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Stop an OpMode in a loop.

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  • Stop an OpMode in a loop.

    My team and I are using the base OpMode to run our autonomous program. This is NOT LinearOpMode. So, I was wondering what the best way to check and make sure that the driver station has not requested a stop is inside of a while loop in my OpMode. I am using encoders, and made a method to run while the encoders are not at their specified position. But, how do I check within the while loop to make sure that the driver station has not requested an opmode stop?

  • #2
    If you are not writing a LinearOpMode, you should avoid writing code that loops until some external condition (encoders, sensors, time elapsed, etc.) is met. Each time loop() is called, you should update your outputs (motors, servos, telemetry, etc.) based on your inputs and then immediately return from loop(). If you want to do the equivalent of waiting for an external condition, you will need a variable to keep track of the state you are in between calls to loop() and then check each loop cycle whether the external condition has been met, and if so, transition to the next state. The LinearOpMode interface was created because this "state machine" approach is less intuitive if you are used to thinking in the linear style of "do this, wait, then do this". So you should either rewrite your OpMode so that it is never blocking loop() from returning because it is waiting for an external condition, or you should convert your OpMode to a LinearOpMode.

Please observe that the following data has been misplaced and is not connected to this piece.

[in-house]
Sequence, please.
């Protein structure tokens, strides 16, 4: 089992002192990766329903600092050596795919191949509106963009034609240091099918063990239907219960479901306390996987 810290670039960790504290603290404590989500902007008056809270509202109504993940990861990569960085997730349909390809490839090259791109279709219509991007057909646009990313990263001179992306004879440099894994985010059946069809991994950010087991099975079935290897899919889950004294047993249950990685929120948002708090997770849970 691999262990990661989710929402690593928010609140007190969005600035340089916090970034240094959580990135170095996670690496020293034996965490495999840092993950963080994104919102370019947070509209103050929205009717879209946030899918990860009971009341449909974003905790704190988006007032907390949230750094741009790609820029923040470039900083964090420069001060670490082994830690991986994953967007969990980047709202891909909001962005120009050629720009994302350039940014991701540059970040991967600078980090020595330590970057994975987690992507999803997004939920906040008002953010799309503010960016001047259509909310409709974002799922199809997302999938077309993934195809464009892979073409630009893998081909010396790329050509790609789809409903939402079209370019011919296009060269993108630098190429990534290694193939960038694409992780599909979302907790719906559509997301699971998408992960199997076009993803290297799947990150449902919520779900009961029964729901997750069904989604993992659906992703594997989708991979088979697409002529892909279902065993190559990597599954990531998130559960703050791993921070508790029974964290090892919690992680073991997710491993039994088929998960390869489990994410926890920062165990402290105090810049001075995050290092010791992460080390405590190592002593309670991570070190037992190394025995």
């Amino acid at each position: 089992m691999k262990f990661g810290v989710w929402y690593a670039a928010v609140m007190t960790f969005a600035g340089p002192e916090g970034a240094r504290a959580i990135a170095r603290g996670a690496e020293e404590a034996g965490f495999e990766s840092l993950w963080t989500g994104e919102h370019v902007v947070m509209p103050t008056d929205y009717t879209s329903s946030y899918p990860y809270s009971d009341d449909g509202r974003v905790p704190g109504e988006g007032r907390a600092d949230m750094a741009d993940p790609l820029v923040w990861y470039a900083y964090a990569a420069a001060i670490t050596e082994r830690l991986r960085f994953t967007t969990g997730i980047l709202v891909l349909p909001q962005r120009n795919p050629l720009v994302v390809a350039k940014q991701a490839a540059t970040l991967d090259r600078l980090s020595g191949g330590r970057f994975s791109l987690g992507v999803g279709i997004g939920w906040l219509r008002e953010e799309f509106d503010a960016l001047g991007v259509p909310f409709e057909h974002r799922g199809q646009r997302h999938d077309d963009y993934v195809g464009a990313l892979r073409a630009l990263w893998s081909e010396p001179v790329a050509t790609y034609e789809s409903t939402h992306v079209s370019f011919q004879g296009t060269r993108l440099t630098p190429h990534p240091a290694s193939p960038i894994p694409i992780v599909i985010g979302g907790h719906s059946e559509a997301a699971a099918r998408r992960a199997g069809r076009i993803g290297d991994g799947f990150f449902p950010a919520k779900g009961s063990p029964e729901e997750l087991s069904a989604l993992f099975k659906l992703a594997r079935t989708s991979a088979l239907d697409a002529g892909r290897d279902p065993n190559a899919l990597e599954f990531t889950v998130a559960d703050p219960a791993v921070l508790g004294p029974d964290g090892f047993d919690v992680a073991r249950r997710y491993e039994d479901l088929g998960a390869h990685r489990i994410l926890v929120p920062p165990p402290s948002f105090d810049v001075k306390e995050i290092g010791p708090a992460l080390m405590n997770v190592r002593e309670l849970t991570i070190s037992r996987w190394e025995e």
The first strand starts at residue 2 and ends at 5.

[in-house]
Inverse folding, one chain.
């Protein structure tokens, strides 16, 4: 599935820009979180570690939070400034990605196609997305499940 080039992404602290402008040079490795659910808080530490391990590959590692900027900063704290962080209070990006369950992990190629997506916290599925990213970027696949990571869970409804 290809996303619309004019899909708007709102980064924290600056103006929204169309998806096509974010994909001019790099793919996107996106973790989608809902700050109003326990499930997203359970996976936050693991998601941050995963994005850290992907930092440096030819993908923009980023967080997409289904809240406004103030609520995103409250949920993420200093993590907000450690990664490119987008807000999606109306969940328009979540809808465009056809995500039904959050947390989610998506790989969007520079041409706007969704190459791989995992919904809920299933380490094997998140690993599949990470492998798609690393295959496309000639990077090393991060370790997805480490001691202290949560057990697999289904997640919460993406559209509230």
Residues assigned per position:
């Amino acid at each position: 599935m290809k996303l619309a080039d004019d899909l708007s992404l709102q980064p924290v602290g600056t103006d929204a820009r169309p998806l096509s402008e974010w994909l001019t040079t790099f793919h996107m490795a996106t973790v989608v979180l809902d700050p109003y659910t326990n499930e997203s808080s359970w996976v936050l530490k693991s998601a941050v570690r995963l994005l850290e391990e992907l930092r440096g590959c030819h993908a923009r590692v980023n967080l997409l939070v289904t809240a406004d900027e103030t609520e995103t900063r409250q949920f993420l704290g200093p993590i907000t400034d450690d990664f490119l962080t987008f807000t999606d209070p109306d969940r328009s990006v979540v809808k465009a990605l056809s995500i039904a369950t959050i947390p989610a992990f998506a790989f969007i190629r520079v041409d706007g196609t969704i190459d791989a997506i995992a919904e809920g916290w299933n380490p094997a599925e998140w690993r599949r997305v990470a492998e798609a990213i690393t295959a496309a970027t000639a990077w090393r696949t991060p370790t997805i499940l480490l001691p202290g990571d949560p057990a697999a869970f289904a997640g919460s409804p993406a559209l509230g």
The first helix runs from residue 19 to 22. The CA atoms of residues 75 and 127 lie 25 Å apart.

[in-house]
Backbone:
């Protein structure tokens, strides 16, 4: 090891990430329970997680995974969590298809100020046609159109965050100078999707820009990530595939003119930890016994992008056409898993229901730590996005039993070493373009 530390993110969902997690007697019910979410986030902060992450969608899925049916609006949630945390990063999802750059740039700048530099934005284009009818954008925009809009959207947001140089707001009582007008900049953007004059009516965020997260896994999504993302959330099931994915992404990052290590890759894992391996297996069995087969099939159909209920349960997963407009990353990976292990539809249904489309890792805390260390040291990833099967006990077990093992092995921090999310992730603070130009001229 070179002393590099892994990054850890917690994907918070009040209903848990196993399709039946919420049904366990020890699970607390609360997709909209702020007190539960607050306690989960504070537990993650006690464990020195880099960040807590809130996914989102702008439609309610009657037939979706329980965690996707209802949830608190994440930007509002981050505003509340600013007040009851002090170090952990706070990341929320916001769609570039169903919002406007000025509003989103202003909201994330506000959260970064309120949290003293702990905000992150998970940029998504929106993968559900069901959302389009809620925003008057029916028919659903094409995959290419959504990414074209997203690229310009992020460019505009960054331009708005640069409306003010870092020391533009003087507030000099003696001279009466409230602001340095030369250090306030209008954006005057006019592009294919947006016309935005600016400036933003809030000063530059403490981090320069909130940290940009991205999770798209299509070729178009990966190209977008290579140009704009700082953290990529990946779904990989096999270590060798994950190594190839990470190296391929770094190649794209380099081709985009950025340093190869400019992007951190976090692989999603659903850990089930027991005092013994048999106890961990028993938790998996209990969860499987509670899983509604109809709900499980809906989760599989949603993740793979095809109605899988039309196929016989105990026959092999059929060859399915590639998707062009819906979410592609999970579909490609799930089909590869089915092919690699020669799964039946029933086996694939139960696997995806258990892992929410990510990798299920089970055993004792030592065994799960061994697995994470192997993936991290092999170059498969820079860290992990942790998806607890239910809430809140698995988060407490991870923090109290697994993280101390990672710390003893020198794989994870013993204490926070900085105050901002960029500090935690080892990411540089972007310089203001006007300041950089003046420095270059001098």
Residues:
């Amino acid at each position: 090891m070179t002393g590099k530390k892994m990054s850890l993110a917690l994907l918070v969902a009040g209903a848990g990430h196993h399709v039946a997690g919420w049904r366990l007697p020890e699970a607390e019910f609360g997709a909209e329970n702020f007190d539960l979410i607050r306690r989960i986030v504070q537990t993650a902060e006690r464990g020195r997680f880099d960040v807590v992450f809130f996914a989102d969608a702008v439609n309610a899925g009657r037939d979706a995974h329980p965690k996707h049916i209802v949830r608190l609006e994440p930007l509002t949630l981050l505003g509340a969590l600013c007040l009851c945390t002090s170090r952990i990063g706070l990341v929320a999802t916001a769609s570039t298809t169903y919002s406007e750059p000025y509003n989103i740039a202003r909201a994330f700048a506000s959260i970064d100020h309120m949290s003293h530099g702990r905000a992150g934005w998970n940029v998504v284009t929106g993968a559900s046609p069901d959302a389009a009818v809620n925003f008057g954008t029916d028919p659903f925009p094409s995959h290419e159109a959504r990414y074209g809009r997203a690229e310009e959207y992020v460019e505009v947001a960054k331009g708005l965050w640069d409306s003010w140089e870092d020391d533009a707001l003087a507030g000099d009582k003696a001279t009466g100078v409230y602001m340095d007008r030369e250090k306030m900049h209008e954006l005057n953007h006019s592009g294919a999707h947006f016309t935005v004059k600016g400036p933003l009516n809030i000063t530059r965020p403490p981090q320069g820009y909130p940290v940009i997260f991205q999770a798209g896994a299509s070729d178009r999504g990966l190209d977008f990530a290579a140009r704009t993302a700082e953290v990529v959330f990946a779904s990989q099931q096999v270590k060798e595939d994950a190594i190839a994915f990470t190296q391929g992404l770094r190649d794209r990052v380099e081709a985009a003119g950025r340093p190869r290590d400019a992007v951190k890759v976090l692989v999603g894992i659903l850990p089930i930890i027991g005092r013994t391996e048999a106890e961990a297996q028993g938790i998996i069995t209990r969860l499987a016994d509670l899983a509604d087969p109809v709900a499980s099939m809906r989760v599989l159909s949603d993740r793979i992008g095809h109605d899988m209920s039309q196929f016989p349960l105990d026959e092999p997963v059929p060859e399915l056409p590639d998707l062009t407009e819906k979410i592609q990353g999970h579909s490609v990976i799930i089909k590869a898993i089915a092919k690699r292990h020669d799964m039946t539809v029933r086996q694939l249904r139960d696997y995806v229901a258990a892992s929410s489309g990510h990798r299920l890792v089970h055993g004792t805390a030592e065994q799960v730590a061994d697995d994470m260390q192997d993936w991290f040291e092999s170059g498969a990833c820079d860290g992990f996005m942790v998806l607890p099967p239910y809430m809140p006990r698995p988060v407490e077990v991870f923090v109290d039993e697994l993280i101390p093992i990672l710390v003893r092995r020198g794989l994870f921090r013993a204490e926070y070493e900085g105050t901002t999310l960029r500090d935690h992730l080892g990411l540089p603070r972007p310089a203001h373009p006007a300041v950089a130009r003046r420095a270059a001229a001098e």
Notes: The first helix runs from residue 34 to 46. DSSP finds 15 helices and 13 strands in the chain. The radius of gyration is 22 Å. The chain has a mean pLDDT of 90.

Our team wrote state-based programs back in RobotC because we often had things we wanted to run every loop cycle, so we have always used OpMode instead of LinearOpMode. In order to write complex autonomous programs, we have created a library for building modular components (like driving forward, moving a servo, or waiting for time) that we can combine with linear or branching state machines or by running components "in parallel." We have found this to be a very powerful and flexible model, but it certainly has a steeper learning curve and requires you to be more familiar with thinking in a state-machine style. I think it would probably be easiest for you to make the (likely minimal) modifications needed to write your program as a LinearOpMode.


    • #3
      Thanks! My team and I were trying to steer clear of the LinearOpMode this year becuase of consistency problems we had with it last year. I moved everything over to using a state machine tonight, and it works like a charm! I believe I ended up with 6 state machines, 5 of which were nested in the main state machine, so it is a lot more complicated to say the least. However, everything works as expected with absolutely no issues, so we should be golden. Thanks for your input!